The boat show, the state’s largest boating event, has drawn crowds as large as 40,000 people. But manager Larry Berryman said the Atlanta Boat show and other consumer-type events have seen attendance drop recently.

“The boat show's attendance has fluctuated between 30,000 and 40,000 attendees over the last several years,” he said. “There are many contributing factors for the decrease, including general economic conditions, the housing crunch, Georgia's drought, lake levels, consumer confidence ... etc.”

“Now, gas prices are falling again and the lakes are getting much needed rain, so once the economy rebounds a bit and consumer confidence increases, we think we will see our attendance numbers increase as well.”

Ziobrowski said she’s gone to the boat show for the past five years, but this will be her first year as a vendor.

“I’ve been there every year just meeting people and handing out business cards,” she said. “This year we decided to step it up.”

This also will be the first year Carolinian BoatWorks is participating. Marketing Director Marty Allagood said he expects the company’s hand-built, custom-made boats will be a hit.

“I’ve been in the boating business for a long time and I’ve lived in the area for 26 years now," he said. "Obviously, with the economy being slow, the customers that are buying boats right now that are having to finance their boats are really having a rough time.

"We’re not selling to people like you and me. I couldn’t afford this boat if I had to. The customer that we are looking for is the customer that pays cash.”

The price range for a Carolinian BoatWorks custom sports fishing boat ranges from $220,000 to as much as $2 million.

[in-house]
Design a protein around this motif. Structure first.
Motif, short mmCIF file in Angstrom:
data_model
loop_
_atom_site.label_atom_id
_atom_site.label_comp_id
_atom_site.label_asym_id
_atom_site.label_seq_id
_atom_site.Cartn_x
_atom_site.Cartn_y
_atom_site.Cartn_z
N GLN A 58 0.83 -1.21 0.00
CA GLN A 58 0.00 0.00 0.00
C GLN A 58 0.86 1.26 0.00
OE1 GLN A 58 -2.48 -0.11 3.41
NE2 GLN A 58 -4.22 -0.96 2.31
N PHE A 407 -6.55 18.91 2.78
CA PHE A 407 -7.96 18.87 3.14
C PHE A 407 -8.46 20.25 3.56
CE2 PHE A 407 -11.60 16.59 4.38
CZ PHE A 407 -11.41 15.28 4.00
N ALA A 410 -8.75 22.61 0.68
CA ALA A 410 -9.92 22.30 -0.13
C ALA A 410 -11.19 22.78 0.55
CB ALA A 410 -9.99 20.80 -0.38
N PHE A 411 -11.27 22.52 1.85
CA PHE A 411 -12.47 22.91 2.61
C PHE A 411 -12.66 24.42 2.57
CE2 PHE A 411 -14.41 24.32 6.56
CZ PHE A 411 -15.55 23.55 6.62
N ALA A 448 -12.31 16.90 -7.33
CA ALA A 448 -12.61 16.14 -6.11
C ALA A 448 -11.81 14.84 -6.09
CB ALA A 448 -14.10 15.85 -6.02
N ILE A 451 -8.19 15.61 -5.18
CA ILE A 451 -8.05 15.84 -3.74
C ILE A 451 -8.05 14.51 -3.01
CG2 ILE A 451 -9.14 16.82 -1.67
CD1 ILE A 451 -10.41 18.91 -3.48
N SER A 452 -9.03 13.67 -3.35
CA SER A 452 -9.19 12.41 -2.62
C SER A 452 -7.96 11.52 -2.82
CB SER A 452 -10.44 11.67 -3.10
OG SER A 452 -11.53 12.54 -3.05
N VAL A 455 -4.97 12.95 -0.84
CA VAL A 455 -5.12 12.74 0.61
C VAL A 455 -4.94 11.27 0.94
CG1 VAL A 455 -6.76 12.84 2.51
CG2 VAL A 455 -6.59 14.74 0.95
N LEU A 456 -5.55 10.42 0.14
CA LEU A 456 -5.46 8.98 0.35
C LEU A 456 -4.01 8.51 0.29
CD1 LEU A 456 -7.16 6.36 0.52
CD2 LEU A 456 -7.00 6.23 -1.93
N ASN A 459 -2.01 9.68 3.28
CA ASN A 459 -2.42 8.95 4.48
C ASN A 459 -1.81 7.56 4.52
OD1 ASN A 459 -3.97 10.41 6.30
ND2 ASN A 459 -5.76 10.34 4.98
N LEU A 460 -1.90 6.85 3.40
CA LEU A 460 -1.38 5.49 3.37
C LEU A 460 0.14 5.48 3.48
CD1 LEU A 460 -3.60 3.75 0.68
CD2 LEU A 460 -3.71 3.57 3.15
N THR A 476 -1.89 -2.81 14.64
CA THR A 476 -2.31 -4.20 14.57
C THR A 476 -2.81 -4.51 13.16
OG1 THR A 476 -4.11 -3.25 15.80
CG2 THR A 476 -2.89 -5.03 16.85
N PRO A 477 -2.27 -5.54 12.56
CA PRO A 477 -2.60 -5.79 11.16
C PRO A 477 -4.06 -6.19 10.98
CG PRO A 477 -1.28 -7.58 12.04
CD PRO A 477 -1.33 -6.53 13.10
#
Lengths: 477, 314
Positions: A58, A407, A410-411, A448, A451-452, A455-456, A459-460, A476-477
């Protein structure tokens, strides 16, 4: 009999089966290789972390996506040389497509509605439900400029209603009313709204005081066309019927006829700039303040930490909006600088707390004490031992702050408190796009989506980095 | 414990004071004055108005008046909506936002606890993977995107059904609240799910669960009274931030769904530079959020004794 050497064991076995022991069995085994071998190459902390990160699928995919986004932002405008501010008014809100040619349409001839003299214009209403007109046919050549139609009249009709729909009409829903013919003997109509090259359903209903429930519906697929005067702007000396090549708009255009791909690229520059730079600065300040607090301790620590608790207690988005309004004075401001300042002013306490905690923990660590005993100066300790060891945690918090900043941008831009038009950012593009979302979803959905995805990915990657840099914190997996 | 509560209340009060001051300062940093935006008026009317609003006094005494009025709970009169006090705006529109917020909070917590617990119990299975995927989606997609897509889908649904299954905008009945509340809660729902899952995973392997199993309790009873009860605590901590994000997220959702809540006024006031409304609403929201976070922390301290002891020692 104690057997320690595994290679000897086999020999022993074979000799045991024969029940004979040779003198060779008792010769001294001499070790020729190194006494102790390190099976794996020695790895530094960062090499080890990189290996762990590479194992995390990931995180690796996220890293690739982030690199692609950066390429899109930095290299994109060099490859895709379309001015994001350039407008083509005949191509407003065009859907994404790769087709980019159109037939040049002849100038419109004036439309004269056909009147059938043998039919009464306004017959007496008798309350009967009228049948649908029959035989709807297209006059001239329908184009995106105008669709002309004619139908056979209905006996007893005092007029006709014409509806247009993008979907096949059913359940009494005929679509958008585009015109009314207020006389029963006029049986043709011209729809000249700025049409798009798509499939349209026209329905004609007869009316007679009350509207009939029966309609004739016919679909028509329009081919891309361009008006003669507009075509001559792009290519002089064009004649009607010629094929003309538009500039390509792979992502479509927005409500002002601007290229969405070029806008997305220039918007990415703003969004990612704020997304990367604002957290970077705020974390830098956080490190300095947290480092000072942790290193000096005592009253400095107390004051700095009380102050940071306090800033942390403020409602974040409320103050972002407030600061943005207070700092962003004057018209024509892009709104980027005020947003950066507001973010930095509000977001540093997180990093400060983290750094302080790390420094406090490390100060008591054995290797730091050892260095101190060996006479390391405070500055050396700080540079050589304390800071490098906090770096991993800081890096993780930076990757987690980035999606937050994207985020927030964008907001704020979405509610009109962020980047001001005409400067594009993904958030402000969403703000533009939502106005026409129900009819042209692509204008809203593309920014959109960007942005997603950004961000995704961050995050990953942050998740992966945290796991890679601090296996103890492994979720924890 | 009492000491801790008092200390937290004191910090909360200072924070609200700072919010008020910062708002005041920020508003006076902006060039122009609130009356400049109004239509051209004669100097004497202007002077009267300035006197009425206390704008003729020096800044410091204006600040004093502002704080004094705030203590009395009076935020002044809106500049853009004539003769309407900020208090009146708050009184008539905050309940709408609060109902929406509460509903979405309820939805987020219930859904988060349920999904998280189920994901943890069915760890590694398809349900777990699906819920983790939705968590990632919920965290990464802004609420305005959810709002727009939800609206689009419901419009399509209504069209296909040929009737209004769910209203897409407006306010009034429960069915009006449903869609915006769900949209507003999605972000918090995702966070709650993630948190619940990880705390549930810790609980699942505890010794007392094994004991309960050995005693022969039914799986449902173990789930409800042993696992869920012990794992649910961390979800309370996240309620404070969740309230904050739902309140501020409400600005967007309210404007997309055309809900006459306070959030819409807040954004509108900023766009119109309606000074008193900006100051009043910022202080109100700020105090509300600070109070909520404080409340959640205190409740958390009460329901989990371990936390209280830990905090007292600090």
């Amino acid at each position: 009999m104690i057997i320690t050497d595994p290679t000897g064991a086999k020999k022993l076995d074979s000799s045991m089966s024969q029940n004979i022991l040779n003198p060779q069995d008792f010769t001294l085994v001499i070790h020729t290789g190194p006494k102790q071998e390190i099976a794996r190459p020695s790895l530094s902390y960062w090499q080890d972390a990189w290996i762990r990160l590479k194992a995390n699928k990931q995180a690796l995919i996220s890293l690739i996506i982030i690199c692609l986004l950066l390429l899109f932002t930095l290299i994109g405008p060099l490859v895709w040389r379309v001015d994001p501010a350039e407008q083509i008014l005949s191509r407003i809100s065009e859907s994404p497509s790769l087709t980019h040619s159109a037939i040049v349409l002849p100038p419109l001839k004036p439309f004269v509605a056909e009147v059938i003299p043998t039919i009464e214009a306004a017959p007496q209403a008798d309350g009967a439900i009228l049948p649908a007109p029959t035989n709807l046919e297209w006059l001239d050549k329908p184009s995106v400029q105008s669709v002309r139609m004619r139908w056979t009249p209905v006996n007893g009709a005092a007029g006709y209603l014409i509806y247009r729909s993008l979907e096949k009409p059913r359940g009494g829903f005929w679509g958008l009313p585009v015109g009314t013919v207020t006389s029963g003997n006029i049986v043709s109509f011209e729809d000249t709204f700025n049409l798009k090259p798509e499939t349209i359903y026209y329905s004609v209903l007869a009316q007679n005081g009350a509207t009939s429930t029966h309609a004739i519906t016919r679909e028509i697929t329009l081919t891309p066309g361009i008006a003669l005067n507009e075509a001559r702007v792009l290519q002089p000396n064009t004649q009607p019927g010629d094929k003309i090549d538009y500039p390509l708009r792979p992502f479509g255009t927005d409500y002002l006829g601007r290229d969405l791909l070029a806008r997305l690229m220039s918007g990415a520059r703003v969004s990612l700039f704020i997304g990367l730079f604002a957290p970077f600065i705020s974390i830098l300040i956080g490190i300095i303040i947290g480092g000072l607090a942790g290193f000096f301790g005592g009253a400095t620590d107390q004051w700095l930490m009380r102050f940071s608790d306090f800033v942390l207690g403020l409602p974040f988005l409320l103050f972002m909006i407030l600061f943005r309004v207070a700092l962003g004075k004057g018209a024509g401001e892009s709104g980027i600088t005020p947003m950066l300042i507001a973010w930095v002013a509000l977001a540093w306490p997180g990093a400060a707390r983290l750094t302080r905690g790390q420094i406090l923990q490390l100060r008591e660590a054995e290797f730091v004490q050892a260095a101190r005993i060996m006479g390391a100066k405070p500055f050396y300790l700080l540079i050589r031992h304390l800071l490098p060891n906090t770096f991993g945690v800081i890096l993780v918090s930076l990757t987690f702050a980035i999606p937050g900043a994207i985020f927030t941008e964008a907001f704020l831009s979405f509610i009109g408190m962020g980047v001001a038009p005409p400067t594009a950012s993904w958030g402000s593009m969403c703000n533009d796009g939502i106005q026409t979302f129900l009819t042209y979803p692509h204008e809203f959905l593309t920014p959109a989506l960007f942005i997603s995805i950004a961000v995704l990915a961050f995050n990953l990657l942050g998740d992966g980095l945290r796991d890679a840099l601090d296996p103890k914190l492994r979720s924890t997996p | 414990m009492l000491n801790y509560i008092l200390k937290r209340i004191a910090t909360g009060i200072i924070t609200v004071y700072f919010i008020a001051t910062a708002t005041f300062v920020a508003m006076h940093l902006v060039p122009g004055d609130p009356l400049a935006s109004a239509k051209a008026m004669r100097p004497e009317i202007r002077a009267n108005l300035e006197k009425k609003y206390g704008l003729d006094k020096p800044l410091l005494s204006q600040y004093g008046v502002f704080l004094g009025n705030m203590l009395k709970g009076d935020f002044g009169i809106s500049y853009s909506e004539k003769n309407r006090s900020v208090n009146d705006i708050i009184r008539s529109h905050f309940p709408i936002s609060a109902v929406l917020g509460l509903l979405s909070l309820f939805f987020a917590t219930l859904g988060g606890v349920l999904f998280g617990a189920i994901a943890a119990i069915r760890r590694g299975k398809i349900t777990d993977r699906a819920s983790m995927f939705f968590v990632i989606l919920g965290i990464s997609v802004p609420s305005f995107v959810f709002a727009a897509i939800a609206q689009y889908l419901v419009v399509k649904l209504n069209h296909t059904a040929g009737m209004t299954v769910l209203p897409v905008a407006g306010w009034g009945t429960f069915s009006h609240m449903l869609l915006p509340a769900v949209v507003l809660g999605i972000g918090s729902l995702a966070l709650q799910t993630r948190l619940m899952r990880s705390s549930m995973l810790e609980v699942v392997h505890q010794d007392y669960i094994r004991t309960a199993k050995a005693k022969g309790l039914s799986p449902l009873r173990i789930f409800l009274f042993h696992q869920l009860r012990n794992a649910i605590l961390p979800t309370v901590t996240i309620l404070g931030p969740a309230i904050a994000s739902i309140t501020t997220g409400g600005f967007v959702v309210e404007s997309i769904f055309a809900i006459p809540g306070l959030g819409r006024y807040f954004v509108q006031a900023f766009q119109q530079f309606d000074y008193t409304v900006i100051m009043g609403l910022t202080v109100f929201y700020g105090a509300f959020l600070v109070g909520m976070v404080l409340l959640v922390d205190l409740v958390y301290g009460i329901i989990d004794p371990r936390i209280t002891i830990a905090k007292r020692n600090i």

During the boat show, Allagood said he’s hopeful to get their brand name, which is less than two years old, out to potential buyers.

Name recognition isn’t a problem for Marine Max of Georgia. The boating giant has 88 dealerships throughout the country, including a Cumming location.

Scott Cunningham, district president, said the company has been to every Atlanta Boat Show over its nearly five-decade run. This year, it will display 26 boats, ranging in length from 18 feet to 47 feet.

Business, especially through the holiday season, has exceeded expectations, Cunningham said. He hopes that trend continues next week, particularly since about 20 percent of annual sales for the boat dealer come from the show.

“We’ll probably see fewer dealers and maybe fewer boats sold, but it feels like the consumer is really focusing on higher quality products,” he said.

The company participates in more than 100 shows each year, said Cunningham, adding attendance “has been down in the numbers, but the quality of the traffic has been way up.”

Ziobrowski is optimistic for the industry in 2009.

“I have seen a change in the spirit of people and now it’s like boaters are looking forward to being able to use their boats,” she said. “People will still see an advantage of spending time with their family and using their boats and getting back into their recreational [activities].”